I ate early and made my way to the bar with enough time to catch the end of the pre-game hype. I met two other Americans whose names I can’t even remember now. One was on a business trip of his own, the other lives here. When we met, they saw I was rooting for New England and quickly let me know their respective team affiliations and their mock sorrow that they were each rooting for Seattle.
I’m not going to recap the game, there are plenty of sources taking care of that today. Like here, here, and here. But let’s hit a couple of highlights, shall we? (For the record, I’m reeeeaaallly kicking myself for not keeping some sort of diary during the game.)
Let’s Run It Again: I love that the Pats ran the exact same pass play in the end zone that the tried on the previous drive. It was as if Brady knew something about how that play unfolded that didn’t go quite right and he knew they could pull it off if they just tried it again. It was almost surgical.
Gronk’s Touchdown: Let this be a lesson to everyone in the NFL -- bump-and-run single coverage on Gronk will burn you every time. Every. Time.
Richard Sherman Gloating for the Camera: When he flashed a 2 and a 4 with his fingers after the touchdown made possible by a referee coming between Darrelle Revis and Doug Baldwin.
Richard Sherman Crying in Disbelief At the End: Cosmic Justice. Already I’ve seen memes of his holding up four fingers with captions asking, “How many Super Bowl trophies does New England have?”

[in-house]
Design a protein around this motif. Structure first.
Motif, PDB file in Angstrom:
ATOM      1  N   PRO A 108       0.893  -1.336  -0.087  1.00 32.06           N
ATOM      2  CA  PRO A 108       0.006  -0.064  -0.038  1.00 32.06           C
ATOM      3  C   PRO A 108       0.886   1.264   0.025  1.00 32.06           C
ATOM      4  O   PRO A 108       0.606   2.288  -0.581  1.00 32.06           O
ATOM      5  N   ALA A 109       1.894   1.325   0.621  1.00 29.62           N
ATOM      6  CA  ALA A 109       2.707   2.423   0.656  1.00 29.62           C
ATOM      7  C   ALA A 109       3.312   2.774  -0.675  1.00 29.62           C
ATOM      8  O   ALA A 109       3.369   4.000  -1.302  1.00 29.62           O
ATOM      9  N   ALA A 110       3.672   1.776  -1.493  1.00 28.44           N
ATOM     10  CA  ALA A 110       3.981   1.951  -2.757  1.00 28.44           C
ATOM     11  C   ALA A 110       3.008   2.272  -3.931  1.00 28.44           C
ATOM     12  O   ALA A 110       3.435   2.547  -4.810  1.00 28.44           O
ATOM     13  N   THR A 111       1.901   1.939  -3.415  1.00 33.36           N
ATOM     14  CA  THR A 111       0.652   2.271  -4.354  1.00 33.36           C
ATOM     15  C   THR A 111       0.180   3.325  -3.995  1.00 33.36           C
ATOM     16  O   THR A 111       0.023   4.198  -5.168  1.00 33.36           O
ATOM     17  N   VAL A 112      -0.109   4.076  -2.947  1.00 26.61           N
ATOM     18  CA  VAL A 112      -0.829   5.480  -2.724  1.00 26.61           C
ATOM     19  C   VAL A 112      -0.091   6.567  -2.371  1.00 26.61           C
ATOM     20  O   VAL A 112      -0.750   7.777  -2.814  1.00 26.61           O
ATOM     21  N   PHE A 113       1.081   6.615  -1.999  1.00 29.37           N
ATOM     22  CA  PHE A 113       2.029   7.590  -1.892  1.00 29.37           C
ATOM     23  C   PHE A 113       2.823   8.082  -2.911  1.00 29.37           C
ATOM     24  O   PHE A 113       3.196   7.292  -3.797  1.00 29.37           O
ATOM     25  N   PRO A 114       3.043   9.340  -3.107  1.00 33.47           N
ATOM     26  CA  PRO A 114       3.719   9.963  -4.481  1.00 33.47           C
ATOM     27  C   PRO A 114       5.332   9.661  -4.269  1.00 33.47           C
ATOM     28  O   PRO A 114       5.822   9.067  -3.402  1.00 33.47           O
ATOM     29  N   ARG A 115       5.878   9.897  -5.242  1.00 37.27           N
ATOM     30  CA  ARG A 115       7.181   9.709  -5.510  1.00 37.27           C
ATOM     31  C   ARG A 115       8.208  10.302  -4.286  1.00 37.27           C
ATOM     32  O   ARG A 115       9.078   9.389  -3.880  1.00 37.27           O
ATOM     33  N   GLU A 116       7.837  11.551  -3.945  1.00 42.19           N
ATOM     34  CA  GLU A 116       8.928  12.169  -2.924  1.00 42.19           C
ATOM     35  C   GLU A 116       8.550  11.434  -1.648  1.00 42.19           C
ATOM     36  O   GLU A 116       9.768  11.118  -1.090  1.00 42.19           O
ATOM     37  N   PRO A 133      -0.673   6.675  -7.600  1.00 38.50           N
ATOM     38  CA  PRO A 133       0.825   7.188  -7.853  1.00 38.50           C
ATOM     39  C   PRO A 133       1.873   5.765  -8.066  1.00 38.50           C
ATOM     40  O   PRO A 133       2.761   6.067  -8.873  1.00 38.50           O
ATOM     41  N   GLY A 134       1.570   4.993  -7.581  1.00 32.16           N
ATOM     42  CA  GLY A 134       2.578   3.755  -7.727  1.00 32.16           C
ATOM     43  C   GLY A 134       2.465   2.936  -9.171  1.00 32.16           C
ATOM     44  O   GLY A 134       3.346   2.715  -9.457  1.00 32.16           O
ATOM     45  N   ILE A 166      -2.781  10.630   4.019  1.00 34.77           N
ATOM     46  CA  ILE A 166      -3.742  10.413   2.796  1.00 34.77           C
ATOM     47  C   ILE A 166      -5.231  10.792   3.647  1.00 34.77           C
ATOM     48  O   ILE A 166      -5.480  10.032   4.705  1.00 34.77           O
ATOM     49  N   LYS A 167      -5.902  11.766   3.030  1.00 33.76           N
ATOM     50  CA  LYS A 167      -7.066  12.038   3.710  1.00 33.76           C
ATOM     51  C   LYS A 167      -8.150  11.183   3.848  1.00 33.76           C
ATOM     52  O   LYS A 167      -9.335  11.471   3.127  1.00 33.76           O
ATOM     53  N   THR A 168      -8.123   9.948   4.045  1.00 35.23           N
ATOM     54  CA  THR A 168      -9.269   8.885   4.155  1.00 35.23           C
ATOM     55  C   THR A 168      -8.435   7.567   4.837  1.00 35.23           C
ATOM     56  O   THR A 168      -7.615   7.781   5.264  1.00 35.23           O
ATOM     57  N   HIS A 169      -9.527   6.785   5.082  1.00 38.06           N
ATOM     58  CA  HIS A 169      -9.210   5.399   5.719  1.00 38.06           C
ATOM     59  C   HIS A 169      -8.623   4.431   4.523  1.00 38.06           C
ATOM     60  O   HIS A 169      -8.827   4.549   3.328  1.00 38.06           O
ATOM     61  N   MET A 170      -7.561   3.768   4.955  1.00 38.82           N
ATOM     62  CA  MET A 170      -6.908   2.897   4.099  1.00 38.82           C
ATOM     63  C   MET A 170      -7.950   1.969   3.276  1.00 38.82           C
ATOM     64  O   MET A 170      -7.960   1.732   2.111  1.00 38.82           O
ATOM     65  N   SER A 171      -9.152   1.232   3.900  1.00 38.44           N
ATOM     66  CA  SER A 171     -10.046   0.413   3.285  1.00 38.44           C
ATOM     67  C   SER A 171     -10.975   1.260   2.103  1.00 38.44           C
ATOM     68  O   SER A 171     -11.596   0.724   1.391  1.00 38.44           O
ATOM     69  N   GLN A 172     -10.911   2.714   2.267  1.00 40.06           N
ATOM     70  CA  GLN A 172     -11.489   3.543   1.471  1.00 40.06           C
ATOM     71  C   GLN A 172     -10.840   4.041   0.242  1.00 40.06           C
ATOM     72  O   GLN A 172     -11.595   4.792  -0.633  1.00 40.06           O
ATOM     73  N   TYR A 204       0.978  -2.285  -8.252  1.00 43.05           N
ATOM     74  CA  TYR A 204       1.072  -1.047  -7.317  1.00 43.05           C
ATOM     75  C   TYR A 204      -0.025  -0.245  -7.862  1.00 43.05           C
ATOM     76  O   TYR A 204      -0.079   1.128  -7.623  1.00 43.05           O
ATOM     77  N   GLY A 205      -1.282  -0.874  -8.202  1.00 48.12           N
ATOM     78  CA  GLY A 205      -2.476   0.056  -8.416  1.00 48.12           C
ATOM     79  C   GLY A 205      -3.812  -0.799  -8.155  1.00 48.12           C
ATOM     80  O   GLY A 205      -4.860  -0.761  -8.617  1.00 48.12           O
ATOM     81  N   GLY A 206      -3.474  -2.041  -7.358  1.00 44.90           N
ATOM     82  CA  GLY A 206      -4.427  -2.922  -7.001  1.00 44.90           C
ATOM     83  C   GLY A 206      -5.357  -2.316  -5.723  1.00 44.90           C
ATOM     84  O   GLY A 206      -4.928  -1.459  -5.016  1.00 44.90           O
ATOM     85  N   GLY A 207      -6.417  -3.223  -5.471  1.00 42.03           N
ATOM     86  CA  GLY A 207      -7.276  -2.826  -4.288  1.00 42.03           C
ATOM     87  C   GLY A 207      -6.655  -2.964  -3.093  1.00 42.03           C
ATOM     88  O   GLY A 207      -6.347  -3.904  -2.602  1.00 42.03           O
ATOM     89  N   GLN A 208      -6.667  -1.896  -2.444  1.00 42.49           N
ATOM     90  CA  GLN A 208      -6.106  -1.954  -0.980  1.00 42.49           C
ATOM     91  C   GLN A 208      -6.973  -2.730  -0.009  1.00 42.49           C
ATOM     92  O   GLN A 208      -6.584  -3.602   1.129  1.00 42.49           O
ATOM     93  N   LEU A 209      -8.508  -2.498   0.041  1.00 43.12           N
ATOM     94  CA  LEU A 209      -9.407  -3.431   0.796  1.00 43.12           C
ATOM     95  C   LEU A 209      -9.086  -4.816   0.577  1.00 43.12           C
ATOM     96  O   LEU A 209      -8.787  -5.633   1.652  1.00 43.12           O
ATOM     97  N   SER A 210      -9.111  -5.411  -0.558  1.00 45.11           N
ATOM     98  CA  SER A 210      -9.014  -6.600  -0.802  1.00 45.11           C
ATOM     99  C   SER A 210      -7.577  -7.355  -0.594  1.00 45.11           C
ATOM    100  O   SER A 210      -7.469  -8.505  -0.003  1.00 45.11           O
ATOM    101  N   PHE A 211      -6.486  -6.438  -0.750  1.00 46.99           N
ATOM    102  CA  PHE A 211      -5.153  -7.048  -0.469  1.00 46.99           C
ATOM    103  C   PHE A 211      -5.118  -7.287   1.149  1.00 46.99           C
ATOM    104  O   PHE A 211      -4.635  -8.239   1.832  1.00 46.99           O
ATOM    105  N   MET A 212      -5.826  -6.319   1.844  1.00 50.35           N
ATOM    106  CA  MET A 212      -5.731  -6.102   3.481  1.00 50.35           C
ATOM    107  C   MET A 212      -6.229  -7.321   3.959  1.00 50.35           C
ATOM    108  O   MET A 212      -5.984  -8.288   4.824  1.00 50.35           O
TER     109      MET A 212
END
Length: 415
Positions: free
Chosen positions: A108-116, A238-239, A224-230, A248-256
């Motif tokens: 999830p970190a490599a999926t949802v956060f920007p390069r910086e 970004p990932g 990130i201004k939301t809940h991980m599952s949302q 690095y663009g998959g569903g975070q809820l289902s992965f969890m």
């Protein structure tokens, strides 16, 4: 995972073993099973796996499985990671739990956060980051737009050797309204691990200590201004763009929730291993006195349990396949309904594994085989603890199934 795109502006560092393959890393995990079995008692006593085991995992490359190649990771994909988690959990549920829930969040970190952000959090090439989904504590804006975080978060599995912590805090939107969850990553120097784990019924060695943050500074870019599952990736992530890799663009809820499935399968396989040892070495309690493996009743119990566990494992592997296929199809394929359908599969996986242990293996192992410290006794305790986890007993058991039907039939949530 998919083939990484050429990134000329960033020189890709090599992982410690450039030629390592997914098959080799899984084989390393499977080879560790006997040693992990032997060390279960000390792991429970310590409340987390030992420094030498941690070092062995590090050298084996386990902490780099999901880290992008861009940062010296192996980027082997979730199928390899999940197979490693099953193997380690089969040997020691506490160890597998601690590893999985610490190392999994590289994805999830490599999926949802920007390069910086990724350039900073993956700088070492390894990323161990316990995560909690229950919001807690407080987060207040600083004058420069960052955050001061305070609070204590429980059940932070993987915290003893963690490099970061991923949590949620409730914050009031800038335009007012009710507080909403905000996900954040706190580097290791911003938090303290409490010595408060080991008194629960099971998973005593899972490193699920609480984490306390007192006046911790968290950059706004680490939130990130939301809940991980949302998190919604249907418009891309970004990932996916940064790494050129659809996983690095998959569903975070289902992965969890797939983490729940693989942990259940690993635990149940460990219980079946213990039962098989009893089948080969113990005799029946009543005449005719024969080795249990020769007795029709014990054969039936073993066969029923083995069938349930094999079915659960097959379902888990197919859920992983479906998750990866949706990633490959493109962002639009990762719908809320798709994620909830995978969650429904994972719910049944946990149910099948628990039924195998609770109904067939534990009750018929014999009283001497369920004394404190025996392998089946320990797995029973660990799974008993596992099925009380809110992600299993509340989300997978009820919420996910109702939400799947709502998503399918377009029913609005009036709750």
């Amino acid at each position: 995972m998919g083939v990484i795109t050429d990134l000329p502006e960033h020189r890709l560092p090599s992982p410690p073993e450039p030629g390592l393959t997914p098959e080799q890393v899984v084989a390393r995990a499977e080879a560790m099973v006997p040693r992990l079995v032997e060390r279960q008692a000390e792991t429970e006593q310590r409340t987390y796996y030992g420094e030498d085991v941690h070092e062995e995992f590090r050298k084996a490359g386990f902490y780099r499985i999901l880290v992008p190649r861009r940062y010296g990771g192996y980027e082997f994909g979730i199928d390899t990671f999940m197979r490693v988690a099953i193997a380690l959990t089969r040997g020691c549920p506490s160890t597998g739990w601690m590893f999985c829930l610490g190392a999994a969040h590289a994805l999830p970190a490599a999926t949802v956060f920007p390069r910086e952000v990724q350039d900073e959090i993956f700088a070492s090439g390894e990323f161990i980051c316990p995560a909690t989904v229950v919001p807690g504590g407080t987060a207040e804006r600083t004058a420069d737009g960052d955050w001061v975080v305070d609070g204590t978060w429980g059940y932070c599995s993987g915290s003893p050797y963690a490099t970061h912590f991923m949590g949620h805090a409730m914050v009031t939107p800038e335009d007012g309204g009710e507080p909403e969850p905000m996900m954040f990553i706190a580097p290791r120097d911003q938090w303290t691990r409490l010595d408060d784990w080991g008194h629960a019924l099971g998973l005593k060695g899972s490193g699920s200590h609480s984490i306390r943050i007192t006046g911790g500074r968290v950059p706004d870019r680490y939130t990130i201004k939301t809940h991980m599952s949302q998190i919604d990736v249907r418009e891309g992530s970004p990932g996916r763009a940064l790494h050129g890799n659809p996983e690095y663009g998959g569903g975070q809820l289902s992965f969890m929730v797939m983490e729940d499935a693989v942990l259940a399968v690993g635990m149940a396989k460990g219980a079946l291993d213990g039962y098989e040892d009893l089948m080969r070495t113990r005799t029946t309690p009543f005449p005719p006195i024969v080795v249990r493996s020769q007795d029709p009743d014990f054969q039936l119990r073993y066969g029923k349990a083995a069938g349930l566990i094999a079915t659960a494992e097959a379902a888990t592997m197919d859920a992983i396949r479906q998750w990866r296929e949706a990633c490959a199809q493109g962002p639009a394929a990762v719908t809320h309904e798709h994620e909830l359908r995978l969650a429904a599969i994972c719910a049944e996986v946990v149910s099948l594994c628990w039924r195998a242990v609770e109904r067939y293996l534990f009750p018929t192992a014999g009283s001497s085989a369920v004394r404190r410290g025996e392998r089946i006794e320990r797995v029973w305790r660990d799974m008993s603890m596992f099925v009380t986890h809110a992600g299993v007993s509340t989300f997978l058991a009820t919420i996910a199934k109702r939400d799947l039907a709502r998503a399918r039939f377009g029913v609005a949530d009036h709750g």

Kearse’s catch: For once, I want an impossible catch to go our way in the Super Bowl. When Kearse caught the ball while lying on his back after Malcolm Butler seemingly disrupted the entire play, the Giants fan turned to me and say, “Oops. It’s David Tyree all over again!” I was not happy. I almost acted rashly. Thankfully, I did not. I did not want to have to call RayRay and ask her to contact the Consular section here to visit me in a Guyana prison.
2nd and Goal: The question of the day is “why did Seattle not give the ball to Marshawn Lynch two yards away from the goal line!?” There HAS to be a reason but I sure as hell don’t know what it is. That might go down as the worst play call in the history of the Super Bowl.
Malcolm Butler: As soon as he fell to the ground I began jumping around the bar like an uncaged chimpanzee. I screamed all manner of things I don’t currently recall. But I do remember Giants fanboy not being too happy. I bought a round for the entire place.
So yes, I’m happy today. I’m focused enough to do what I came to do, but there are a few moments here and there requiring next-to-nothing from me and I’m spending them thoroughly engrossed in coverage of a Super Bowl that saw the largest deficit ever overcome to win the game. I’m reading all manner of analysis regarding two incredible marches down the field that could not have been executed more perfectly. I’m reading about the most improbable interception and how, apparently, the Pats saw that exact same play in game film and practiced for it. I’ll be dining out on this game for some time to come.
I wish I could tell you more about Guyana, its rich history, lush junglescapes, brown oceanfront due to crazy currents off the northeast coast of the continent, etc. Sadly I won’t be here long enough to see much beyond my meetings and the game. Guess I’ll just have to come back. Just not during the Super Bowl.